Recent figures published by the Nuffield Trust show that the total number of patients in acute hospitals who were ready to leave hospital but were delayed in being discharged increased by 43% between June 2021 and September 2023. At its peak in January 2023, there were 14,710 patients delayed in hospital.

If you are admitted to an NHS hospital for emergency acute treatment, including if you lack capacity to make decisions about your care and treatment, there are complex laws and regulations governing NHS practice and the linked involvement from social care professionals in the relevant local authority. These apply particularly at the point of discharge from hospital, regardless of whether you routinely use NHS services or have the benefit of private medical treatment. The rules and processes can often seem impenetrable and there are also complex issues of NHS and/or social care funding to consider for some.

If well advised, most people ensure that they have prepared a will and a Lasting Power of Attorney for health and welfare and property and financial affairs (LPA). Some have also prepared advanced decisions to refuse life-sustaining treatment (a ‘living will’ or ‘advanced directive’). What many have not done, is to consider how and where they would like to receive care and support, should there come a time when that is needed, particularly after inpatient hospital treatment.

Patient discharge and lack of capacity

Unfortunately, patients who are being discharged from hospital may be unable to communicate their wishes and feelings about this important decision at the stage at which any such decision needs to be made. There may be a sense of urgency in making the decision which does not allow them the time to give it the thought and planning that they would usually want.

Giving thought, in advance, to how and where you would like to be cared for, if you are temporarily or permanently unable to live as you currently do, is important.

It is also important to speak about your plans with your loved ones and, of course, any attorney appointed under a LPA. If such consideration and discussions happen in advance, it can significantly speed up and simplify the hospital discharge process.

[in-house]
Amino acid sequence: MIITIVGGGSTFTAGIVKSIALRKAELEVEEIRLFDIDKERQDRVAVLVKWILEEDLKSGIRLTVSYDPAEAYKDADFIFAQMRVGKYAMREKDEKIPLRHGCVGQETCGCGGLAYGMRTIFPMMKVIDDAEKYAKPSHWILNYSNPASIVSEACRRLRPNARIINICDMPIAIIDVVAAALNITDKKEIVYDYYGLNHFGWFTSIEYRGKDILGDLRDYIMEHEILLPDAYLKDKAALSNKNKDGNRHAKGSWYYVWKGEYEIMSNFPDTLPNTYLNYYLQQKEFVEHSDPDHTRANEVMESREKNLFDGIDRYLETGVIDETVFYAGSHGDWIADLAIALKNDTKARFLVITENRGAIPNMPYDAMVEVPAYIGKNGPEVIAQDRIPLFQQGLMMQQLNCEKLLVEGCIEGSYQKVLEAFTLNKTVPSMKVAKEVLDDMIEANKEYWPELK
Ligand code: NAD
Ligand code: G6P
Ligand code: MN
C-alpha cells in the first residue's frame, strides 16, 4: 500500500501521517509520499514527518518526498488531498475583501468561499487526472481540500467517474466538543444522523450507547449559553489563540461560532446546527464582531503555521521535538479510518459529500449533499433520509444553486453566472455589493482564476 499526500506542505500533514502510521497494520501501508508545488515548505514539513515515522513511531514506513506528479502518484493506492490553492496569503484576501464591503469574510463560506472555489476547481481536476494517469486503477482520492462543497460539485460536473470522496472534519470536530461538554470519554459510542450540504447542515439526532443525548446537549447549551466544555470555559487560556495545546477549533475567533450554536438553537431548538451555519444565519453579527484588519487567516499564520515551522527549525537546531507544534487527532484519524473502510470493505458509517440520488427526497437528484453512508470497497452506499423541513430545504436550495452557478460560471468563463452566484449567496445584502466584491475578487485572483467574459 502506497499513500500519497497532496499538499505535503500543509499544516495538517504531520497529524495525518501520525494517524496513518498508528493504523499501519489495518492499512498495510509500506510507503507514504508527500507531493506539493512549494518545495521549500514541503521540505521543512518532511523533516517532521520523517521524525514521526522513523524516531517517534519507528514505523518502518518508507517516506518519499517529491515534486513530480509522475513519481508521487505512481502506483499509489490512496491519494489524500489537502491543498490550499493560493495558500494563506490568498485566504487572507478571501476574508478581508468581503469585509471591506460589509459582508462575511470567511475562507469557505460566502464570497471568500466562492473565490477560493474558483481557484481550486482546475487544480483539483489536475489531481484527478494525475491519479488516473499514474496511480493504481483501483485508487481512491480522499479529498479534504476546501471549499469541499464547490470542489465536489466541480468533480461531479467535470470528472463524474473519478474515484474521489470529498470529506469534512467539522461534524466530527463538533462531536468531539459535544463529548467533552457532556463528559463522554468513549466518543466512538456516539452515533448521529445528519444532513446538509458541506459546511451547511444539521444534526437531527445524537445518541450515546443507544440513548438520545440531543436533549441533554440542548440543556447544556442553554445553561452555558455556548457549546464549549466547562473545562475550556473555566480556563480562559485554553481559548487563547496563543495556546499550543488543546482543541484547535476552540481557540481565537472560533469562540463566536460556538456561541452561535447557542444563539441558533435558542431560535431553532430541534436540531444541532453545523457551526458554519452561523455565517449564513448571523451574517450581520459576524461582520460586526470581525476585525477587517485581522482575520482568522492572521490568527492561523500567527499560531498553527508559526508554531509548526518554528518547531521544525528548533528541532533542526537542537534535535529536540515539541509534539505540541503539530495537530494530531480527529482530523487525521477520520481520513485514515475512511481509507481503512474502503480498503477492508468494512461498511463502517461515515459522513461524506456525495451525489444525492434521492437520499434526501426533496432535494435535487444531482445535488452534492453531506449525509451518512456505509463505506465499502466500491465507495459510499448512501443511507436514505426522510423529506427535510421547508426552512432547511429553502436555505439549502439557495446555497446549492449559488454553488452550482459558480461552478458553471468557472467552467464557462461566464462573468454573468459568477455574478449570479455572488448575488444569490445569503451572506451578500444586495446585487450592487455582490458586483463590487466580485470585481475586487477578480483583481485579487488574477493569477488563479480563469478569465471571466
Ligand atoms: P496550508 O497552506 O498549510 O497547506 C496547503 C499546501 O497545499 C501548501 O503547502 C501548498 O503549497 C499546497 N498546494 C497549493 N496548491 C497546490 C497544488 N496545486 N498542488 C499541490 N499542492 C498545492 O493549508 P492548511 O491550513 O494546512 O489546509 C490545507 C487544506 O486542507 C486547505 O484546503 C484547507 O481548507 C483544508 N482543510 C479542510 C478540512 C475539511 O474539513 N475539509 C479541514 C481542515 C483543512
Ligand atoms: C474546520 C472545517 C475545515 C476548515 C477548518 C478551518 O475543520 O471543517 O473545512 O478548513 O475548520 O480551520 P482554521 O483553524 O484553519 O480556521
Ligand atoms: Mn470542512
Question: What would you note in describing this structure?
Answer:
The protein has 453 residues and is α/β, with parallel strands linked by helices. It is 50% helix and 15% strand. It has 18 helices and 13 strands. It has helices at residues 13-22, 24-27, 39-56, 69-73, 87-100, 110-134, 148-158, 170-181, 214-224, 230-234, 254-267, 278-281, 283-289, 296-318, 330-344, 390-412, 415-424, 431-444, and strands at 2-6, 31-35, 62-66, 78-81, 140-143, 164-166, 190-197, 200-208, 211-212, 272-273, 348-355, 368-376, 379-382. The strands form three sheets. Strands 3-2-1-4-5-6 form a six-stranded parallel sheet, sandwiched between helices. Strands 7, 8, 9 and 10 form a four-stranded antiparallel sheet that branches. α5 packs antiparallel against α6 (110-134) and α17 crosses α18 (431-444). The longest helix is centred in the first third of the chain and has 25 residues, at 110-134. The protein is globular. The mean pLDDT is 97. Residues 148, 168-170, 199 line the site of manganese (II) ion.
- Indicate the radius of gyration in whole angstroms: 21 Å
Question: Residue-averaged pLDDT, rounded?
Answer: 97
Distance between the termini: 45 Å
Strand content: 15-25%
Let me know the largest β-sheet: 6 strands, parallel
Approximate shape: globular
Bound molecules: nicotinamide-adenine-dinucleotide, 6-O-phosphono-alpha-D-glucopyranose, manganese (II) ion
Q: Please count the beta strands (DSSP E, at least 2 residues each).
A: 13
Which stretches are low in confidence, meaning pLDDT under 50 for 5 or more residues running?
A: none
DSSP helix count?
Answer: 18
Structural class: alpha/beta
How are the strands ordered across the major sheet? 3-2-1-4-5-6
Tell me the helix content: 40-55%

Many questions about exactly what you will need, and how those needs can be met, will of course be impossible to answer in advance, but you could, for example, consider:

  • If your home will be suitable for you if you have mobility and/or nursing needs?
    • Is there an accessible bathroom?
    • Are the doors, hallways and corridors wheelchair accessible?
    • Is there sufficient space for a live in carer if needed?
  • Would you like to consider any specific residential and/or nursing homes
    • What sort of placement would you want?
    • Where would you want to be based?

Many are faced with making these important decisions urgently and unexpectedly, after an accident or injury results in an unexpected admission to hospital. It is advisable to take some time to give these issues some thought in advance.

If you need any assistance, advice or guidance before or after you or a family member has been admitted to or discharged from hospital, please contact Zena Bolwig.

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This article is for general information purposes only and does not constitute legal or professional advice. It should not be used as a substitute for legal advice relating to your particular circumstances. Please note that the law may have changed since the date of this article.